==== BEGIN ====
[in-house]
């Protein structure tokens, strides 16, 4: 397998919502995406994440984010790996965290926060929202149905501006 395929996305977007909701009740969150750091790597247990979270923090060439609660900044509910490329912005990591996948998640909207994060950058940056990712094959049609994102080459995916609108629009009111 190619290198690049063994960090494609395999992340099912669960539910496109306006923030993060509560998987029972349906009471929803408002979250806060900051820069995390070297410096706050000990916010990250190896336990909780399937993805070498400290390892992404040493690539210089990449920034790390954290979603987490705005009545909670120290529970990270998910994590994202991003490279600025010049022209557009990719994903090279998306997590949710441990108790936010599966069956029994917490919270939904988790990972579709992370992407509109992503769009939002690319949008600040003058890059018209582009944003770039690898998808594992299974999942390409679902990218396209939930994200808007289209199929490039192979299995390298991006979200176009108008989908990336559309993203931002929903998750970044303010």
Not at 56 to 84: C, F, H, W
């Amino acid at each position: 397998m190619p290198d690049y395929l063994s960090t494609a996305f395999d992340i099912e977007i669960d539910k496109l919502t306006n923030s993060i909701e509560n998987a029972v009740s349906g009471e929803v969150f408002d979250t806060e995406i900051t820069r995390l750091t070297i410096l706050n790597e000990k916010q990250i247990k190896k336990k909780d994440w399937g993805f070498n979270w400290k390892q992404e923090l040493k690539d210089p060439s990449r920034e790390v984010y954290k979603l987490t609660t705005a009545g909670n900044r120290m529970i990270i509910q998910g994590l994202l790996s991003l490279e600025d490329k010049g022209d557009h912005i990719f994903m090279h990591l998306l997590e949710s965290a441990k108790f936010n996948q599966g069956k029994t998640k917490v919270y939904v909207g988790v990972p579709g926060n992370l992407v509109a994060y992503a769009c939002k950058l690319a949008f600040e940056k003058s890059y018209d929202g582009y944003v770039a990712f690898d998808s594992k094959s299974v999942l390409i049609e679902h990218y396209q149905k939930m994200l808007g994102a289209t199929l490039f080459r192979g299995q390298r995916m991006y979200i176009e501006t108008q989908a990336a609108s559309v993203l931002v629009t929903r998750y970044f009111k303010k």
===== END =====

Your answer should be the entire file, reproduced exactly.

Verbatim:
[in-house]
């Protein structure tokens, strides 16, 4: 397998919502995406994440984010790996965290926060929202149905501006 395929996305977007909701009740969150750091790597247990979270923090060439609660900044509910490329912005990591996948998640909207994060950058940056990712094959049609994102080459995916609108629009009111 190619290198690049063994960090494609395999992340099912669960539910496109306006923030993060509560998987029972349906009471929803408002979250806060900051820069995390070297410096706050000990916010990250190896336990909780399937993805070498400290390892992404040493690539210089990449920034790390954290979603987490705005009545909670120290529970990270998910994590994202991003490279600025010049022209557009990719994903090279998306997590949710441990108790936010599966069956029994917490919270939904988790990972579709992370992407509109992503769009939002690319949008600040003058890059018209582009944003770039690898998808594992299974999942390409679902990218396209939930994200808007289209199929490039192979299995390298991006979200176009108008989908990336559309993203931002929903998750970044303010």
Not at 56 to 84: C, F, H, W
């Amino acid at each position: 397998m190619p290198d690049y395929l063994s960090t494609a996305f395999d992340i099912e977007i669960d539910k496109l919502t306006n923030s993060i909701e509560n998987a029972v009740s349906g009471e929803v969150f408002d979250t806060e995406i900051t820069r995390l750091t070297i410096l706050n790597e000990k916010q990250i247990k190896k336990k909780d994440w399937g993805f070498n979270w400290k390892q992404e923090l040493k690539d210089p060439s990449r920034e790390v984010y954290k979603l987490t609660t705005a009545g909670n900044r120290m529970i990270i509910q998910g994590l994202l790996s991003l490279e600025d490329k010049g022209d557009h912005i990719f994903m090279h990591l998306l997590e949710s965290a441990k108790f936010n996948q599966g069956k029994t998640k917490v919270y939904v909207g988790v990972p579709g926060n992370l992407v509109a994060y992503a769009c939002k950058l690319a949008f600040e940056k003058s890059y018209d929202g582009y944003v770039a990712f690898d998808s594992k094959s299974v999942l390409i049609e679902h990218y396209q149905k939930m994200l808007g994102a289209t199929l490039f080459r192979g299995q390298r995916m991006y979200i176009e501006t108008q989908a990336a609108s559309v993203l931002v629009t929903r998750y970044f009111k303010k």